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Monday, 24 December, 2001, 00:10 GMT
Gifts for Afghan children
Child with grandmother opening present
20,000 boxes were given out in Afghanistan
Children living in appalling conditions in refugee camps in Afghanistan have been eagerly digging into shoe boxes packed full of gifts by schoolchildren in developed countries.

The boxes - often wrapped in bright paper - are donated by children in Britain, the United States and elsewhere under a scheme called Operation Christmas Child.

It is run by the Christian relief and evangelism organisation Samaritan's Purse.

Many schools take part in the campaign, encouraging children to pack a box and bring it back in to school for collection.

Refugee children opening presents
Children find toys, sweets, toiletries and pencils in their boxes
The founder of Operation Christmas Child in Britain, Dave Cook, helped to deliver shoe boxes - and aid - to two refugee camps on the Afghanistan borders.

"There were about 10,000 tents there, sanitation was very poor, people are being sparsely fed and watered and I would estimate that about 70% of those in the camps were children under the age of 14," he told BBC News Online.

"There are mothers and brides there who are 13 years old, some are as young as nine."

Mr Cook said the children had been delighted with their gifts.

"The response was amazing, but then these are children who have never received anything.

"To see a seven year old put a Jelly Baby in its mouth for the first time, or to show a child how to use a toothbrush was quite something."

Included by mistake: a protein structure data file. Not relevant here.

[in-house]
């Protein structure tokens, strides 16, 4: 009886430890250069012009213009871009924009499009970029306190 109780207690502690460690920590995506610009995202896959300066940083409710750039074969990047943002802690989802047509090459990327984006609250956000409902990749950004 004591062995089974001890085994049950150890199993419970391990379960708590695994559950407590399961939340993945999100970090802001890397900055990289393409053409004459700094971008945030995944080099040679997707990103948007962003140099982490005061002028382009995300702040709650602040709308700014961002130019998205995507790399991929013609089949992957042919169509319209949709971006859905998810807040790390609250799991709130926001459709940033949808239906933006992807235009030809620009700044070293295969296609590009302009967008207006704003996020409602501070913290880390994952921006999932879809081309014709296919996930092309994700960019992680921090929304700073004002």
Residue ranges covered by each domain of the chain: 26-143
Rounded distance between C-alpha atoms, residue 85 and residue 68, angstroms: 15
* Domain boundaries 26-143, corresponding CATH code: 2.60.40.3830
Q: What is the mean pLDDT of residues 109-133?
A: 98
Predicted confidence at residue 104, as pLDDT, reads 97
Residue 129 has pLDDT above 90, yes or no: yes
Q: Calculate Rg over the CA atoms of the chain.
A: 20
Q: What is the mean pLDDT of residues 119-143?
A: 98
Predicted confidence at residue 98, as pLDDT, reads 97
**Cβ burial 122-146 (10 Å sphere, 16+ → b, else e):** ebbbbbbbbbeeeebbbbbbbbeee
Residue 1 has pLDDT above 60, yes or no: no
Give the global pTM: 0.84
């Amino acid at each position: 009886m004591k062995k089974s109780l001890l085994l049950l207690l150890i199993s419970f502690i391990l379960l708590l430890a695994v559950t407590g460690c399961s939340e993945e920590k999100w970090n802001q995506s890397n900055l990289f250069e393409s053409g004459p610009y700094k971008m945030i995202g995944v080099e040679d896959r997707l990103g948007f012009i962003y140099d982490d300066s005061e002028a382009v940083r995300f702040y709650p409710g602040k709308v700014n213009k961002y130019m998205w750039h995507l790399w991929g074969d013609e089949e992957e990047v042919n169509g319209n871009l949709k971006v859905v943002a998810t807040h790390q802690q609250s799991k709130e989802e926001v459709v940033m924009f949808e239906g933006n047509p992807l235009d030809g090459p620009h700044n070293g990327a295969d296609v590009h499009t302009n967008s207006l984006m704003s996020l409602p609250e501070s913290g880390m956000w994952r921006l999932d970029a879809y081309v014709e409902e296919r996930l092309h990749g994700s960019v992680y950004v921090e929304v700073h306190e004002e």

Most popular gifts

Children are encouraged to pack toys, sweets, pens and pencils as well as hair brushes or small items of clothing such as hats.

Mr Cook said some presents went down especially well.

"Cuddly toys were a big hit, as were small balls, dolls and pens and paper."

A total of 20,000 shoe boxes were distributed in the camps, together with 2,400 packs of emergency aid which included a tent, hygiene supplies, a radio, a sewing kit and plastic containers.

Dave Cook distributing boxes of presents
Dave Cook: "The response was amazing"
Mr Cook was moved by what he saw.

"I've never seen people so grateful," he said.

"You can't help reflecting on the lottery of life, seeing those children and thinking 'this could be me'.

"In life, we need to learn about the simplicity of this - of children giving to children," he said.

Mr Cook said his local guide, Ramin, had said of the operation: "This is wonderful - people giving to Muslims at their time of need."

Operation Christmas Child began in 1990, after the fall of Romania's President Ceaucescu.

The first Christmas shoe boxes were sent to Romania.

As well as Afghanistan, boxes have been delivered to Iran, South America, African countries, Eastern Europe and the former Soviet republics.

Many go to orphanages or schools for children with disabilities as well as to poor families.

Last year, 727,606 were sent out from the UK and the Irish Republic.

The total this year is expected to reach about one million.

The organisers say school involvement increased this year too.

Refugee children at Maslakh camp, Afghanistan
"These children have never received anything," says Dave Cook
One of them, Ruth Jones, said: "It has gone very well. There has been about a 20% increase in boxes from schools.

"And we have had very good feedback from the schools, who have said the scheme helped their children to appreciate the difficult lives of other children."

For information on the UK scheme call 0870 011 2001 or e-mail

See also:

04 Nov 01 | Education
Children give for Christmas
04 Dec 01 | South Asia
No shelter for freezing Afghan refugees
15 Nov 01 | South Asia
UN aid shipment reaches Afghanistan
03 Dec 01 | TV and Radio reports
Afghanistan's missing millions
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